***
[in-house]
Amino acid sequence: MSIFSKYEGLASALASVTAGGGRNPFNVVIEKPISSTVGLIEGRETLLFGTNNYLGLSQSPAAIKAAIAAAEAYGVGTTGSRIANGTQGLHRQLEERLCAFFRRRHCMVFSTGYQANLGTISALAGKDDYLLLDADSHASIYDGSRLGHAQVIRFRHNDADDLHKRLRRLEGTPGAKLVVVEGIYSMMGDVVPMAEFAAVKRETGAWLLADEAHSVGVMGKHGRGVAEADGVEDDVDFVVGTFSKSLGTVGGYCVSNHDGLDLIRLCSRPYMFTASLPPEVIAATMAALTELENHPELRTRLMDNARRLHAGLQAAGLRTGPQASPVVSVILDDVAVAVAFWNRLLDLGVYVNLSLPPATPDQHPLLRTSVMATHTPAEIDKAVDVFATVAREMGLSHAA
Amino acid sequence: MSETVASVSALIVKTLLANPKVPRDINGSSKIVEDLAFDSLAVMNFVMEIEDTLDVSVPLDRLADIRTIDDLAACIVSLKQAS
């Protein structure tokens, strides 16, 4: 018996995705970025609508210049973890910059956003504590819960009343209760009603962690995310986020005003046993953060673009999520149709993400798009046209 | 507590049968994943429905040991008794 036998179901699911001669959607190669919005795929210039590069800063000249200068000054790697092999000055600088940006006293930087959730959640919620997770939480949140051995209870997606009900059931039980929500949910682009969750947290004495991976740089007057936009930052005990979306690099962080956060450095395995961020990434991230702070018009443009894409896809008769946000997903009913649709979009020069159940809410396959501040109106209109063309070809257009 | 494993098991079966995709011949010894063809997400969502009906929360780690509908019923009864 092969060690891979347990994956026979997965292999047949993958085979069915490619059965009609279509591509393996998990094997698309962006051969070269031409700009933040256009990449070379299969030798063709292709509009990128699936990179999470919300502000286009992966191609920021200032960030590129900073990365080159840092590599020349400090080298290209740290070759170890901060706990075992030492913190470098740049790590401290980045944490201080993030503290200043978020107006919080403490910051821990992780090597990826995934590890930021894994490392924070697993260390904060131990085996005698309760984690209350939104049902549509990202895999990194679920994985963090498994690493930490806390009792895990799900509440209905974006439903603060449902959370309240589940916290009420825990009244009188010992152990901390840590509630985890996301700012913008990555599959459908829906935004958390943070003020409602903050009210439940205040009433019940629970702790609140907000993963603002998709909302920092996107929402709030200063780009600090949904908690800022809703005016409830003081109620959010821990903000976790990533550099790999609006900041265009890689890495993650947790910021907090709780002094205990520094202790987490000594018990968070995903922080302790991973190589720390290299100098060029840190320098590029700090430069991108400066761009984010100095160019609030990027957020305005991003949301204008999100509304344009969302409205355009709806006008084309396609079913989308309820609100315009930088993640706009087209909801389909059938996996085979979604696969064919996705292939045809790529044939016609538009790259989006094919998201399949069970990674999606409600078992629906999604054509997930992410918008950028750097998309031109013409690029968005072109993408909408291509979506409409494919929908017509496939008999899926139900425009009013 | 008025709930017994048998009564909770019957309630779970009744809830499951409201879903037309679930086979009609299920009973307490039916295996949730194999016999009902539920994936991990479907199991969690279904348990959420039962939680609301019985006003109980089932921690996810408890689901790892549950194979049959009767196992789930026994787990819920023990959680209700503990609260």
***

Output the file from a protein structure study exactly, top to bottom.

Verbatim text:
[in-house]
Amino acid sequence: MSIFSKYEGLASALASVTAGGGRNPFNVVIEKPISSTVGLIEGRETLLFGTNNYLGLSQSPAAIKAAIAAAEAYGVGTTGSRIANGTQGLHRQLEERLCAFFRRRHCMVFSTGYQANLGTISALAGKDDYLLLDADSHASIYDGSRLGHAQVIRFRHNDADDLHKRLRRLEGTPGAKLVVVEGIYSMMGDVVPMAEFAAVKRETGAWLLADEAHSVGVMGKHGRGVAEADGVEDDVDFVVGTFSKSLGTVGGYCVSNHDGLDLIRLCSRPYMFTASLPPEVIAATMAALTELENHPELRTRLMDNARRLHAGLQAAGLRTGPQASPVVSVILDDVAVAVAFWNRLLDLGVYVNLSLPPATPDQHPLLRTSVMATHTPAEIDKAVDVFATVAREMGLSHAA
Amino acid sequence: MSETVASVSALIVKTLLANPKVPRDINGSSKIVEDLAFDSLAVMNFVMEIEDTLDVSVPLDRLADIRTIDDLAACIVSLKQAS
């Protein structure tokens, strides 16, 4: 018996995705970025609508210049973890910059956003504590819960009343209760009603962690995310986020005003046993953060673009999520149709993400798009046209 | 507590049968994943429905040991008794 036998179901699911001669959607190669919005795929210039590069800063000249200068000054790697092999000055600088940006006293930087959730959640919620997770939480949140051995209870997606009900059931039980929500949910682009969750947290004495991976740089007057936009930052005990979306690099962080956060450095395995961020990434991230702070018009443009894409896809008769946000997903009913649709979009020069159940809410396959501040109106209109063309070809257009 | 494993098991079966995709011949010894063809997400969502009906929360780690509908019923009864 092969060690891979347990994956026979997965292999047949993958085979069915490619059965009609279509591509393996998990094997698309962006051969070269031409700009933040256009990449070379299969030798063709292709509009990128699936990179999470919300502000286009992966191609920021200032960030590129900073990365080159840092590599020349400090080298290209740290070759170890901060706990075992030492913190470098740049790590401290980045944490201080993030503290200043978020107006919080403490910051821990992780090597990826995934590890930021894994490392924070697993260390904060131990085996005698309760984690209350939104049902549509990202895999990194679920994985963090498994690493930490806390009792895990799900509440209905974006439903603060449902959370309240589940916290009420825990009244009188010992152990901390840590509630985890996301700012913008990555599959459908829906935004958390943070003020409602903050009210439940205040009433019940629970702790609140907000993963603002998709909302920092996107929402709030200063780009600090949904908690800022809703005016409830003081109620959010821990903000976790990533550099790999609006900041265009890689890495993650947790910021907090709780002094205990520094202790987490000594018990968070995903922080302790991973190589720390290299100098060029840190320098590029700090430069991108400066761009984010100095160019609030990027957020305005991003949301204008999100509304344009969302409205355009709806006008084309396609079913989308309820609100315009930088993640706009087209909801389909059938996996085979979604696969064919996705292939045809790529044939016609538009790259989006094919998201399949069970990674999606409600078992629906999604054509997930992410918008950028750097998309031109013409690029968005072109993408909408291509979506409409494919929908017509496939008999899926139900425009009013 | 008025709930017994048998009564909770019957309630779970009744809830499951409201879903037309679930086979009609299920009973307490039916295996949730194999016999009902539920994936991990479907199991969690279904348990959420039962939680609301019985006003109980089932921690996810408890689901790892549950194979049959009767196992789930026994787990819920023990959680209700503990609260």